The name for Sen̓áḵw is representative of its place. “Àḵw” meaning head, representing the head of False Creek, “en̓” refers to “being in the middle”, representing the middle of the Squamish territory in the Kitsilano area, and “S” signifies a place name. Together, the name Sen̓áḵw is interpreted as “The place inside the head of False Creek”.
There is a unique opportunity to maximize the potential of the Sen̓áḵw Lands for the long-term benefit of Squamish Nation members.
The development of the Sen̓áḵw lands will create a highly sustainable, mixed-use project of primarily purpose-built rental housing that will benefit the Squamish Nation economically for generations to come. This project will tell the story of the Squamish Nation and the history of their lands, while realizing the potential this initiative represents for the Nation, Vancouver, and Canada. The project aims to achieve the following:
- City-building: a transit-oriented mixed-use project of primarily purpose-built rental for Vancouver.
- Demonstrate climate leadership on a global scale.
- Create a legacy project for the Squamish Nation that reflects its history and culture.
- Generate significant economic benefit for the Squamish Nation to allow it to meet its pressing housing, education, and social services needs.
- Reconciliation: an indigenous-private sector collaboration that furthers national reconciliation.
Sen̓áḵw is part of the unceded territory of the Squamish Nation dating back to the time immemorial. The land was as a seasonal fishing village, which became a permanent village in the 19th Century. In 1868, the Federal Government established Kitsilano Indian Reserve No. 6, a parcel of land of approximately 37 acres. Over the decades to come it was further annexed until the Squamish residents were provide a small stipend and barged off the land. After a decades long court battle launched in the late 1970s, ownership of 10.5 acres of the Kitsilano Reserve lands were returned in 2003. Today is the next chapter for these lands where development of Sen̓áḵw has the potential to not only partially right this historical injustice, but also to add significant new much-needed low-carbon rental housing to the city.
The Squamish Nation relies heavily on leasing revenue. Many leases are due to expire in the next 25 years, developing reserve lands now will ensure financial security in the future.
The development of the Sen̓áḵw Lands will tell the world Squamish Nation’s story and history. It will create a highly sustainable, mixed-use project of primarily purpose-built rental housing of approximately 3.4 million square feet or 6,000 units that will be an economic driver for the Nation now and for generations to come.
Overall objectives of the project include:
- City-building: the Sen̓áḵw Lands will be a world class city building example of a transit-oriented project with purpose-built and highly sustainable rental housing delivered where it is needed.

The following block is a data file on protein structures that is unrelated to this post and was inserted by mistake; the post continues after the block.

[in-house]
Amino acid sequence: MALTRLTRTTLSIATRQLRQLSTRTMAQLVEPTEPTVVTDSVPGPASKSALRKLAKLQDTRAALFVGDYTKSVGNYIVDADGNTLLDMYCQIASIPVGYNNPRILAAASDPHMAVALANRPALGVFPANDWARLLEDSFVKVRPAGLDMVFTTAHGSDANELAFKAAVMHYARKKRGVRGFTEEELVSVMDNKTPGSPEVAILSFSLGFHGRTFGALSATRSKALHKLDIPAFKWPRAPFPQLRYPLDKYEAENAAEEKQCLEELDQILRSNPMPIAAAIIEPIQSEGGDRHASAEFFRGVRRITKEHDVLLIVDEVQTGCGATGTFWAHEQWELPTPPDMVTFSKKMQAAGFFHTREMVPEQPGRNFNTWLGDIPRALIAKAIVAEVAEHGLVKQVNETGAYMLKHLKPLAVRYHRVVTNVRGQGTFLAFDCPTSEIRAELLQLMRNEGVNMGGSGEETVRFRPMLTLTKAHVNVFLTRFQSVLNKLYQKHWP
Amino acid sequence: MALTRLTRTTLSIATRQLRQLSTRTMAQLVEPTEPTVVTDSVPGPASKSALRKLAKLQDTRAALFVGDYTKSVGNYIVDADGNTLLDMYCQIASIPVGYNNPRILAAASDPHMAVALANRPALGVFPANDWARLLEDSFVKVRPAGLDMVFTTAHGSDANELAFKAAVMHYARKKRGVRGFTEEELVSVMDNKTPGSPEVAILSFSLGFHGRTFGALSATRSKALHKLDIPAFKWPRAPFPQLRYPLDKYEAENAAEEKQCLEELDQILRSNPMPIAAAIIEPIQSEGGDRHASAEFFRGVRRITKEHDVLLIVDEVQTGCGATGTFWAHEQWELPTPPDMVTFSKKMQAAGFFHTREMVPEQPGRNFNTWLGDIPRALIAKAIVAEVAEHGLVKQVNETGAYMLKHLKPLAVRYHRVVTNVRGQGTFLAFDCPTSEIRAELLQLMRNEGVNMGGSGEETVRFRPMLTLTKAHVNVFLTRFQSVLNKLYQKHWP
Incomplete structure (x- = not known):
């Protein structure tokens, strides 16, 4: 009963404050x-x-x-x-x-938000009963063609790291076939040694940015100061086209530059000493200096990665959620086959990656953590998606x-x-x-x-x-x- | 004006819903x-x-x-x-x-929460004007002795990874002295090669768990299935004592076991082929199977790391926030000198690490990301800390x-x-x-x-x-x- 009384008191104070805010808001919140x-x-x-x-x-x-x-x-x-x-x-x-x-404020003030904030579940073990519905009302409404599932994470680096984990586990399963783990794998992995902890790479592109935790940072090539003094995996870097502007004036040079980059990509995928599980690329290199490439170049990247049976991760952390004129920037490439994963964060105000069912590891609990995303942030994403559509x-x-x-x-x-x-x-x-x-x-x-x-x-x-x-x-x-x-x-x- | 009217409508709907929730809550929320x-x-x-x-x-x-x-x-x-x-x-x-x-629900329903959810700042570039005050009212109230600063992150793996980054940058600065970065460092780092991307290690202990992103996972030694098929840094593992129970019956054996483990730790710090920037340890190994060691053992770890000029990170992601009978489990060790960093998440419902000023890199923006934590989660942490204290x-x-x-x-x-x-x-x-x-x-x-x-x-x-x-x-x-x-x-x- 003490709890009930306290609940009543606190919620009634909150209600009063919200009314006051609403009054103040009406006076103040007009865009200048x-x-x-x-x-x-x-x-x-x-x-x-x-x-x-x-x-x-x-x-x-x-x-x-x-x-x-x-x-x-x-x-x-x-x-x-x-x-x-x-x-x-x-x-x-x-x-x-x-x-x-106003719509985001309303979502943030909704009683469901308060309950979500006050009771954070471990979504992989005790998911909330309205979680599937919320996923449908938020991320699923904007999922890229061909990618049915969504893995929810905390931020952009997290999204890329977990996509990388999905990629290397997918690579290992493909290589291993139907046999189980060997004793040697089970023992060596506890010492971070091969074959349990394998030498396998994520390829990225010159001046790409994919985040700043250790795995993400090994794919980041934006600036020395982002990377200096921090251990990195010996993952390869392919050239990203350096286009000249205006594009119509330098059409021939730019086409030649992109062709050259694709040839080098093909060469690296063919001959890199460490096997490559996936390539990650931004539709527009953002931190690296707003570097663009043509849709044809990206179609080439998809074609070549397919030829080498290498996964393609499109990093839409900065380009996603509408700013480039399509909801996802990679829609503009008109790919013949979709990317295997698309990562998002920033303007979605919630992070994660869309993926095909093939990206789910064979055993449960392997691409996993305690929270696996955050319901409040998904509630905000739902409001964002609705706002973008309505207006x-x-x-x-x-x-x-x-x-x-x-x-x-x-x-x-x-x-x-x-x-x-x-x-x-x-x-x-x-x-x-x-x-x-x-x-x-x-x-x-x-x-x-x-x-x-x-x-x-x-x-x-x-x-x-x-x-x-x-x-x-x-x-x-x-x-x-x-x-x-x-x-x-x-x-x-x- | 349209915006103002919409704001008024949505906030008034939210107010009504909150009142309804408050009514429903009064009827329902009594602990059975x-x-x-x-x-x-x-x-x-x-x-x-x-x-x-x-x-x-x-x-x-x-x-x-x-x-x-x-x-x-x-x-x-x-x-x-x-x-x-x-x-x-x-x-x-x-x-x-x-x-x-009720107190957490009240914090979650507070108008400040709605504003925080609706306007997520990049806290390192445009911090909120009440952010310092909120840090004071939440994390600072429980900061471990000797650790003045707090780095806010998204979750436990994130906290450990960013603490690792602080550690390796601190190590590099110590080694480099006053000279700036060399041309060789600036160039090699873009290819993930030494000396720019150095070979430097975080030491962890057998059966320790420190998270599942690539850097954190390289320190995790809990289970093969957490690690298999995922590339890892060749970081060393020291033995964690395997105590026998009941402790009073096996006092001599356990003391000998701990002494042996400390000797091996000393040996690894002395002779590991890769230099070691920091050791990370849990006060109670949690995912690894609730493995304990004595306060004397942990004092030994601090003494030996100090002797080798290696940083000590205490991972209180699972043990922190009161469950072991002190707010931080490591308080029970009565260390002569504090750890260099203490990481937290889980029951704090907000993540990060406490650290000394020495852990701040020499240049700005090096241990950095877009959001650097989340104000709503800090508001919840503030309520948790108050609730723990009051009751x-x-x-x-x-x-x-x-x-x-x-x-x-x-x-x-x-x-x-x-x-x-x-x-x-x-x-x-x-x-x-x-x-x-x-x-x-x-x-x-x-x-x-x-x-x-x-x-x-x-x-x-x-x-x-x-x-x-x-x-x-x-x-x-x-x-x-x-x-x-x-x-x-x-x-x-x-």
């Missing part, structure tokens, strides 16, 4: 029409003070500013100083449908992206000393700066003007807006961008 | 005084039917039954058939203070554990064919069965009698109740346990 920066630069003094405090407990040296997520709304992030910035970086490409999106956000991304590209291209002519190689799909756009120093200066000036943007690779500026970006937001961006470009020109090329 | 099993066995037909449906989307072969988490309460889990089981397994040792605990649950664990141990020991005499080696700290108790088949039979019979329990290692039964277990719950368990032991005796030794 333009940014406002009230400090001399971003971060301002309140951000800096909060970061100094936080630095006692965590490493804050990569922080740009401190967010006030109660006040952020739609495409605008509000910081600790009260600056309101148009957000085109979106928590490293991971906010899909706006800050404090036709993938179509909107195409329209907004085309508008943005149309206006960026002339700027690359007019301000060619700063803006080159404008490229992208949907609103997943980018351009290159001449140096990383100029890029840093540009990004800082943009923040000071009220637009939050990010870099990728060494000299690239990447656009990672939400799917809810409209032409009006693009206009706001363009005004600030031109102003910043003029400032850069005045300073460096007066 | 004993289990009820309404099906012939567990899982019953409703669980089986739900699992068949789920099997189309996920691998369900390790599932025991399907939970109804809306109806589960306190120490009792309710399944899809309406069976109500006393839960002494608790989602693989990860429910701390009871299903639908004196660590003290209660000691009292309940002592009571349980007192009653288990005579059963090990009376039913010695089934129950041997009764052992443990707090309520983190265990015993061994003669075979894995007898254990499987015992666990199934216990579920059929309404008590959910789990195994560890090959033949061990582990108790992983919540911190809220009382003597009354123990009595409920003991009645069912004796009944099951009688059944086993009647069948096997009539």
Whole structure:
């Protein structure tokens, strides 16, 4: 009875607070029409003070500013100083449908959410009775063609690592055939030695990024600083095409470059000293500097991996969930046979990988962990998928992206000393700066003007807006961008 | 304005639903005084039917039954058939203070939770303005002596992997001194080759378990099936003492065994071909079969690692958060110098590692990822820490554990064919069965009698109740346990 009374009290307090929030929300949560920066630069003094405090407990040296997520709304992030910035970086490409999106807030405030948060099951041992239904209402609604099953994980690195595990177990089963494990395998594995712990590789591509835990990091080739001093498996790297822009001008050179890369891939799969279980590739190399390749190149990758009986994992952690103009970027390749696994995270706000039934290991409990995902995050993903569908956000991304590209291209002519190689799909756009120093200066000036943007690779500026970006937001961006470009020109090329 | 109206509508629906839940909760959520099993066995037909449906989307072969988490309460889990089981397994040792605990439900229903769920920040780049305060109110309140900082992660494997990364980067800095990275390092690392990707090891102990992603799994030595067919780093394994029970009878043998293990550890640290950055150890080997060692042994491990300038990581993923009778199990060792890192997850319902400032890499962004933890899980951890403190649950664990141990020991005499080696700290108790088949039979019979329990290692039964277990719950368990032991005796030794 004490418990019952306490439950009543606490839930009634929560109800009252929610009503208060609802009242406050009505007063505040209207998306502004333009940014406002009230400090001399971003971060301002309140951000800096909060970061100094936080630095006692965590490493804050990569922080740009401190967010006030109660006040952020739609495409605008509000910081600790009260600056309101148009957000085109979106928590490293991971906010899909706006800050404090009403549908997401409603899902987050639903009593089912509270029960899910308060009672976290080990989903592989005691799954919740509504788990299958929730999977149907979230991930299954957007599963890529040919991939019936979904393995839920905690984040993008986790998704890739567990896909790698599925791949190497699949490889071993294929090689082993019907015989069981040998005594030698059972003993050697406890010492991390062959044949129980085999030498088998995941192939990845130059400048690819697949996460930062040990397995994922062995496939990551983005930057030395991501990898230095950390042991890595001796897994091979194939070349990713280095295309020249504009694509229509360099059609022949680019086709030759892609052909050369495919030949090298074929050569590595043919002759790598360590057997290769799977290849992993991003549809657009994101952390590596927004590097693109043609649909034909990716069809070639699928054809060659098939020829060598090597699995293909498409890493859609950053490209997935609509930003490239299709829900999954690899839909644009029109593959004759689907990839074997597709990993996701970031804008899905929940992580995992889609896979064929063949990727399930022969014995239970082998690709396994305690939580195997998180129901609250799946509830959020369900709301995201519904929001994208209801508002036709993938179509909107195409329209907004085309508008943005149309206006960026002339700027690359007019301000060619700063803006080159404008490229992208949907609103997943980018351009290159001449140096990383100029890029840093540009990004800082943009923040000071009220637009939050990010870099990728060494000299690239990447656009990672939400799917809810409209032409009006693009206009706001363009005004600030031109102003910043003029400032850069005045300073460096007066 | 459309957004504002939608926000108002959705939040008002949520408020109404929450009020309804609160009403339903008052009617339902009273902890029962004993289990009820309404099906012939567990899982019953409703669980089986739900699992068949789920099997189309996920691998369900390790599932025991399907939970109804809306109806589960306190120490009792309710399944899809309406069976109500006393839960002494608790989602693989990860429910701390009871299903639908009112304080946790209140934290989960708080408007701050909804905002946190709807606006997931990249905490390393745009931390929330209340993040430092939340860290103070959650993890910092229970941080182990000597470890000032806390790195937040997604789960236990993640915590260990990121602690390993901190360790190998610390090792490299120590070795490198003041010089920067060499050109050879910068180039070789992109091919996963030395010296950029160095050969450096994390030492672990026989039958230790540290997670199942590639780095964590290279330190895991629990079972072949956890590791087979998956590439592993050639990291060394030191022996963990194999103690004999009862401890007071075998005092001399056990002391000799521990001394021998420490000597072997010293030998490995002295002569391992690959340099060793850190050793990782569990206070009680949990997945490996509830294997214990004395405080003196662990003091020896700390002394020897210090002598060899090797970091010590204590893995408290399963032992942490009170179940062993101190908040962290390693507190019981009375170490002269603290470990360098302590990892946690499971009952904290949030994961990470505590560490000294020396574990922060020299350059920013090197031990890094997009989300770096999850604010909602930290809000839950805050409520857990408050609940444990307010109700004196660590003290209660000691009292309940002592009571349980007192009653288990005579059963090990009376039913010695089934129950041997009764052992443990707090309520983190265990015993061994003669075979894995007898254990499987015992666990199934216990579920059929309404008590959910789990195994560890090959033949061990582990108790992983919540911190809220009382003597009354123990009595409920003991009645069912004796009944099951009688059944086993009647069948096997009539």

- Climate Leadership on a global scale: the development will showcase climate leadership on a global scale as a showpiece netzero project. Our Nation’s deep connection to the environment and stewardship dates back millennia and is the foundation that will set a new standard for sustainability, including district energy and progressive, low carbon transportation options.
- A Legacy for the Squamish Nation: future uses on the site will tell the story of the Sen̓áḵw lands and reflect the ongoing legacy of the Nation by weaving our rich artistic tradition into the very architecture of the project.
- Significant economic benefit: long-term income will allow our community to meet its housing, education, and social service needs. It will help deliver improved health care, culture, language, arts and will include opportunities for member housing, that will help ensure the success and well-being of membership far into the future. The project will create employment opportunities for members at all stages of the development including the project’s design, construction, public art, and in many other aspects.
On December 10, 2019, the membership of the Squamish Nation voted overwhelmingly to designate the Senakw lands for economic development and in favour of a business relationship with Westbank as a 50/50 development partner.
The Squamish Nation’s Sen̓áḵw Lands are located at the edge of Kitsilano, one of the most pedestrian and bicycle-oriented neighbourhoods in Vancouver.
These diagrams illustrate how the Senakw reserve lands changed over the 20th century.
The Sen̓áḵw lands are part of the unceded territory of the Squamish Nation, and were historically home to a seasonal fishing village which became a permanent village in the 19th Century. In 1868, the Federal Government established Kitsilano Indian Reserve No. 6, a parcel of land of approximately 37 acres; in 1877, it was expanded to 80 acres—a footprint inclusive of the modern-day Vanier Park, Molson Brewery, Seaforth Armory, and condominiums & offices of Creekside Drive. In 1913, under pressure to free up the Sen̓áḵw lands for industrial development and use by the City of Vancouver, the Province of British Columbia effectively annexed the lands. It provided the Squamish residents with a small stipend and then barged residents and their possessions up to Squamish territory in Howe Sound. Over the ensuing decades the reserve was dismantled, with various private and public parties taking various parcels for the Armory, the Burrard Bridge, and military staging during WWII. By 1965, the False Creek Reserve lands had been substantially sold off. In the late 1970s, the Squamish Nation began a decades long court action over rightful ownership of the Kitsilano Reserve lands. In 2001, they were awarded the return of a small 10.5 acre parcel of land under and surrounding the Burrard Street bridge.
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